After she was -- she was, like, paralyzed from 11 years old until she was 16 years old, you know. And she had to quit school after that in fourth grade, you know. She never went back to school.

But she was paralyzed, and she couldn't stand up, you know, because of her back -- her spine was completely broken; her back was broken and her spine was like pushed over to one side.

So the Cherokee Indians, you know, made her a homemade brace out of deer hide, and then she wrote to President Franklin D. Roosevelt, and he sent her a certificate. And his personal driver came down to our little hut in North Carolina. You know, we didn't have electric lights, you know. I didn't have any electric lights 'til I'd a moved to Portsmouth, Virginia.

And so he came down here with the certificate, and my dad took my mom over to Lewinton Hospital, and they gave her a brace.

GROSS: My guest is Link Wray, best known for his 1958 guitar hit Rumble. He now lives in Denmark, and he just wrapped up his first American tour in 30 years. We'll talk more after a break.

This is FRESH AIR.

Back with guitarist Link Wray, whose records include the '50s instrumental hits Rumble and Rawhide.

After you had a lung removed as a result of the tuberculosis that you got when you were fighting in Korea, you couldn't really sing.

WRAY: There was -- there was -- I was talking like this -- so I poured all my heart and soul into my music, you know.

GROSS: Eventually, you started singing, even though you'd had a lung removed. And I want to play one of your early vocal records. This is "Ain't That Lovin' You, Babe." Tell me how you decided to start singing on record, and...

WRAY: You know, that's amazing. You said you were gonna play this one song, you know, and I get a lot of kids asking me for that song. I don't know why, because I couldn't hardly sing. I went -- you know, because I was -- I couldn't hardly catch my breath trying to strain to get some words out, you know?

GROSS: Well, let's hear it, and this is Link Wray singing and on guitar Ain't That Lovin' You Babe.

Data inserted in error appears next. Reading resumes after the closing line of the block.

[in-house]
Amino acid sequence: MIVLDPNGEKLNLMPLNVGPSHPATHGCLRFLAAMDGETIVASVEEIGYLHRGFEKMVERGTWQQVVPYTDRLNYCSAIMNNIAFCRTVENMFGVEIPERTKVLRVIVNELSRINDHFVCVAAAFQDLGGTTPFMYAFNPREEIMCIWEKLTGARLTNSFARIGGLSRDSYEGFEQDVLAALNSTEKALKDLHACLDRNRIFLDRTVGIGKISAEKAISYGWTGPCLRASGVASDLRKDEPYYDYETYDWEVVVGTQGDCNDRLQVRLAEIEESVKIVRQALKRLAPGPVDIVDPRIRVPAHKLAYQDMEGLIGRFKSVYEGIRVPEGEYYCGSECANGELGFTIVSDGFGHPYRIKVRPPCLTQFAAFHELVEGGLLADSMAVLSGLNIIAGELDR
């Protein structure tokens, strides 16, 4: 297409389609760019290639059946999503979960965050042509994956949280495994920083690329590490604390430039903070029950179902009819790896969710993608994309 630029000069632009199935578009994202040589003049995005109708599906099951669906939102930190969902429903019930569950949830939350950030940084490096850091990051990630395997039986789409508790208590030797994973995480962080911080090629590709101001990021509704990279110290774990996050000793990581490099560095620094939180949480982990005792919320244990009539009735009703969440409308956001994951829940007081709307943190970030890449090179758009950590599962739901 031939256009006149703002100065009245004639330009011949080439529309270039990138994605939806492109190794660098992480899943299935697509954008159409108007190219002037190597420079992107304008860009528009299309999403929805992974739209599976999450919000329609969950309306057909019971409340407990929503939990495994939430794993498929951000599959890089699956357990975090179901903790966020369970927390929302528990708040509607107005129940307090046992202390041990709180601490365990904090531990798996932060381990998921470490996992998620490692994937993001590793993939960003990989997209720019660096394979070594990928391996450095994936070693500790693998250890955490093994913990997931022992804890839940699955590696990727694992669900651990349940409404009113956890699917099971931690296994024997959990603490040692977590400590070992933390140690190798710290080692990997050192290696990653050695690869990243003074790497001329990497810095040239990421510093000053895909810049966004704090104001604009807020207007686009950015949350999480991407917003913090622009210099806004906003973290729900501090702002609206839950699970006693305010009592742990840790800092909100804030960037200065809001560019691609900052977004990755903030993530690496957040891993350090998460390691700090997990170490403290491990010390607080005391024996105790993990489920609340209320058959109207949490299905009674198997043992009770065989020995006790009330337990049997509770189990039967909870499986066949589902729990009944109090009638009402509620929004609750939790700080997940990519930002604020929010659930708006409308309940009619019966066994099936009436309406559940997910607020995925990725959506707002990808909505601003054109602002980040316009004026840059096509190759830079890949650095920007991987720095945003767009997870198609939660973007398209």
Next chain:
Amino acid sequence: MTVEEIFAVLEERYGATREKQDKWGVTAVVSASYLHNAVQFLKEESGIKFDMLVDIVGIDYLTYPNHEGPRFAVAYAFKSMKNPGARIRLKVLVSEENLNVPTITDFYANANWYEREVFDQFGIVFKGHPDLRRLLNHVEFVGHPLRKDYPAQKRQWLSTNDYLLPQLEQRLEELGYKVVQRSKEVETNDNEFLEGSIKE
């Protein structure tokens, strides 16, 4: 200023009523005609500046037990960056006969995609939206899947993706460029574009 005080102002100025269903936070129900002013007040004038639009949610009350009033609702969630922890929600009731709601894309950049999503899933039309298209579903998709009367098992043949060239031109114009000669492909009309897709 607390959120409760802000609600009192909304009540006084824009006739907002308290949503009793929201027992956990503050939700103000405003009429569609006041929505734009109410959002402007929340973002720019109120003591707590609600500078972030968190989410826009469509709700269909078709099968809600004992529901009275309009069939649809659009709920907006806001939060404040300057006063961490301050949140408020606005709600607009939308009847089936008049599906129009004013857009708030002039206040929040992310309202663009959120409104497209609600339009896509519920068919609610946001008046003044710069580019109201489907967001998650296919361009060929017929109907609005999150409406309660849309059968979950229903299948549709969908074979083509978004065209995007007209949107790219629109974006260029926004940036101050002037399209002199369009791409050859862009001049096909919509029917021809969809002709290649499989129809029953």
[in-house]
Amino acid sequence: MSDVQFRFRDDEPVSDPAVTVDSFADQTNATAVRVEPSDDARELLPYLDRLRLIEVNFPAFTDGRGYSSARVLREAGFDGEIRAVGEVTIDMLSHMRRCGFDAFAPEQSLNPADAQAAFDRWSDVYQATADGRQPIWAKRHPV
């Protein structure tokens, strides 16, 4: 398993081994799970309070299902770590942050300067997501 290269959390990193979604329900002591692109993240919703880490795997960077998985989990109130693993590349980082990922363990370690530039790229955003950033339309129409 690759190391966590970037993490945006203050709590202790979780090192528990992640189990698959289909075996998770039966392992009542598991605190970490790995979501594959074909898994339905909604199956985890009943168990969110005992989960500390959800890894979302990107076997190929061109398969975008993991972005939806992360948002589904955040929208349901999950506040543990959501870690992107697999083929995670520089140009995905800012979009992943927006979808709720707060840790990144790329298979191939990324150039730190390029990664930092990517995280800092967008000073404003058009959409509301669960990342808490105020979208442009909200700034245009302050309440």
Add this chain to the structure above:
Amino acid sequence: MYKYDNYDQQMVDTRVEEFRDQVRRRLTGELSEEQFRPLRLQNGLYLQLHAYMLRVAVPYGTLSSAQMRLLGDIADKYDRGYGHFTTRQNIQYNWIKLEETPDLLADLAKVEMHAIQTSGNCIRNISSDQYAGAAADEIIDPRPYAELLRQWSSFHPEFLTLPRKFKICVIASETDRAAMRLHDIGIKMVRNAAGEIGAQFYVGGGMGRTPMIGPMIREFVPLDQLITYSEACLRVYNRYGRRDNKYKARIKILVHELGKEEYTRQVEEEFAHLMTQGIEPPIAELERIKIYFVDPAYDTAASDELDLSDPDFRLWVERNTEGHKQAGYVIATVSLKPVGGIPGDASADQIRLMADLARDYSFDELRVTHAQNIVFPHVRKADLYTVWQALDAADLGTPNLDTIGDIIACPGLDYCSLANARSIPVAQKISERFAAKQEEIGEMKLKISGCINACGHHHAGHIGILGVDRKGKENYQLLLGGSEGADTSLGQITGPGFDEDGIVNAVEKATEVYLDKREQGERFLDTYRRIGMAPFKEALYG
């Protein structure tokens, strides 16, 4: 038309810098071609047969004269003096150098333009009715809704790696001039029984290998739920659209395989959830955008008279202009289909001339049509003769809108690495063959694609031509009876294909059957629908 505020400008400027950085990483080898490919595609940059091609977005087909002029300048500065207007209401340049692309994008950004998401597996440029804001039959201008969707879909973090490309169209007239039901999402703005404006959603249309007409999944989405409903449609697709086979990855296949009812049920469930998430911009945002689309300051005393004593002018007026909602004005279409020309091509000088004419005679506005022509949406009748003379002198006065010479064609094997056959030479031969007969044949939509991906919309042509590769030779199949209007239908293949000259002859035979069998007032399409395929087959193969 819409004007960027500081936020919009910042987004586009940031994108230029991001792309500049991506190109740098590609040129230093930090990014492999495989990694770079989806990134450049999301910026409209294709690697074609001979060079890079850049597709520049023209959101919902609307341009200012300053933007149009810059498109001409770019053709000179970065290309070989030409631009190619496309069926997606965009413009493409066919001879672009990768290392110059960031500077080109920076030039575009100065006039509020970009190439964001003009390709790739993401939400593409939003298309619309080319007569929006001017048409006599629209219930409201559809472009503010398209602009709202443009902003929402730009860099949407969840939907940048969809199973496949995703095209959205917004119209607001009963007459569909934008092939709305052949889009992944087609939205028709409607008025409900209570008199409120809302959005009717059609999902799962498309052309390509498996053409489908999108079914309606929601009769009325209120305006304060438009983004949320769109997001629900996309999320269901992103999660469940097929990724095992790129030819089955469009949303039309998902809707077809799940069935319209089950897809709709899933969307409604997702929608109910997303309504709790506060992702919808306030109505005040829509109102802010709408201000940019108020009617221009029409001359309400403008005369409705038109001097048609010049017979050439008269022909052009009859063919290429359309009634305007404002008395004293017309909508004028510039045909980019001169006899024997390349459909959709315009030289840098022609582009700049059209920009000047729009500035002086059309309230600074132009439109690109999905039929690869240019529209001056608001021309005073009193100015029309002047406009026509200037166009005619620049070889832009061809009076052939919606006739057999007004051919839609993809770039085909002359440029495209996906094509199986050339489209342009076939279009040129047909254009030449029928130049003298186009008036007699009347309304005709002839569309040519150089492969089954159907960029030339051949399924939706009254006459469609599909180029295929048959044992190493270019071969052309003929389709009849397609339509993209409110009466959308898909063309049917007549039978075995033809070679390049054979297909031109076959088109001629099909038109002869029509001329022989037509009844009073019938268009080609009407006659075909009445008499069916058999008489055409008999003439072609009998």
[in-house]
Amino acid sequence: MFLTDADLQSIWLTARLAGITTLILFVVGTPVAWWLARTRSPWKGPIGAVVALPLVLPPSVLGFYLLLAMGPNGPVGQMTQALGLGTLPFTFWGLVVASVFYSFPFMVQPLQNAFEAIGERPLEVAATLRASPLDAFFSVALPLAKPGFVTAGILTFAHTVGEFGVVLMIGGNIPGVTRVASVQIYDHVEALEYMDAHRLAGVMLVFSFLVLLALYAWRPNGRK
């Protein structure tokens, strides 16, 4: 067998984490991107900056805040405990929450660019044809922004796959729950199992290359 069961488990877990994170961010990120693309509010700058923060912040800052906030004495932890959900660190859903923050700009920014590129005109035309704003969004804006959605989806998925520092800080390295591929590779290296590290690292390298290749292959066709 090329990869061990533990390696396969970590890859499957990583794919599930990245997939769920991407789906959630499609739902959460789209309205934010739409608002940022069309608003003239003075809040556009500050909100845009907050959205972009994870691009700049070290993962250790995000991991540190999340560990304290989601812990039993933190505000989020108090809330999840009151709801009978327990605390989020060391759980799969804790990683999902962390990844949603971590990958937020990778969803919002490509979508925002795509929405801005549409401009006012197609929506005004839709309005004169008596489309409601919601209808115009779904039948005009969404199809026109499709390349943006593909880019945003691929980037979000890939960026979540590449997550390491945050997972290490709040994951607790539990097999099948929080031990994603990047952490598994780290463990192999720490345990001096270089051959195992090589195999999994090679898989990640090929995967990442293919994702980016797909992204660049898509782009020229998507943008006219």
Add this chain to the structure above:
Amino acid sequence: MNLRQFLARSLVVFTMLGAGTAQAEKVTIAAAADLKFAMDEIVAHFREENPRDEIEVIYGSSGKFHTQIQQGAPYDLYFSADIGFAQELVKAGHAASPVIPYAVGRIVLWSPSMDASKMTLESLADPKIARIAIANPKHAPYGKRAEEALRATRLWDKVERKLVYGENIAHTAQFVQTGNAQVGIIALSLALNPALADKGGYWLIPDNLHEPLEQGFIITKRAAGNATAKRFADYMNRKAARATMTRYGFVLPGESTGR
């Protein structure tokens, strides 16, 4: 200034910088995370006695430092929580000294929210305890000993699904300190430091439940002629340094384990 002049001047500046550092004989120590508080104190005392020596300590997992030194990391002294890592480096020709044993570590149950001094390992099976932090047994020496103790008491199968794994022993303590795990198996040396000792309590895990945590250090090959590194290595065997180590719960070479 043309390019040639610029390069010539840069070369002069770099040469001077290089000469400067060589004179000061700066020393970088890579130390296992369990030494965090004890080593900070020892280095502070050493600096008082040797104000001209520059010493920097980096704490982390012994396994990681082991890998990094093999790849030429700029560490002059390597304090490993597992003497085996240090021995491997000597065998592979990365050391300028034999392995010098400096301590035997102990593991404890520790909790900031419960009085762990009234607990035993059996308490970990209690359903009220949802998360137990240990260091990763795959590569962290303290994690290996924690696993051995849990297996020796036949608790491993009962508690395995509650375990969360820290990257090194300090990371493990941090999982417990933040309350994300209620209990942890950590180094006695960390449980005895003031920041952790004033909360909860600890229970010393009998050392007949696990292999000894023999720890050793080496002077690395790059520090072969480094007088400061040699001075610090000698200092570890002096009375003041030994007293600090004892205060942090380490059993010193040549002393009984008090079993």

WRAY SINGING: There's a new me, baby
I tell ya how I love you
Well, you could toss me in the ocean
I'd swim to the bank and
Crawl right home to you

Ain't that lovin' you baby?
Ain't that lovin' you baby?
Ain't that lovin' you baby?
Ain't that lovin' you baby?
Ain't that lovin' you baby?
Ah, but you don't even know my name.

GROSS: I should mention that this record that we just heard is actually reissued on a Rhino CD called "Rumble: The Best of Link Wray."

You stopped recording after several years. You just gave up commercial recording. Why did you give it up?

WRAY: After "Jack the Ripper" came out, just before the Beatles, you know, Jack Nitchey (ph) recorded Rumble with this big band sound -- the guy who had "Lonely Surfer," you know. And he had Rumble in the charts when President Kennedy got shot. And when he got shot, my type of music -- the Elvis music -- and all that early music died with President Kennedy.

And then mourning music, you know, because they were mourning of the president. And then when the music started back up again, it was FM radio, albums. And then here come the Beatles from England, you know, on "The Ed Sullivan Show," on Capitol Records, doing "I Want to Hold Your Hand," you know?

And it was a different type of music. And they also introduced to the audience LSD and all the drugs. I don't mess with drugs, you know. It's killed a lot of colleagues like Jimi Hendrix and a lot of people, you know. And so I -- I'm very spiritual and I don't mess around with drugs, so I didn't want to play to the LSD crowd.

So I retreated down to a little place in Maryland called the "Two Thieves Club," playing to the rednecks, where they were getting drunk off beer and whiskey, and I was doing CCR and Elvis, while the rest of the world was playing, you know, acid music, you know.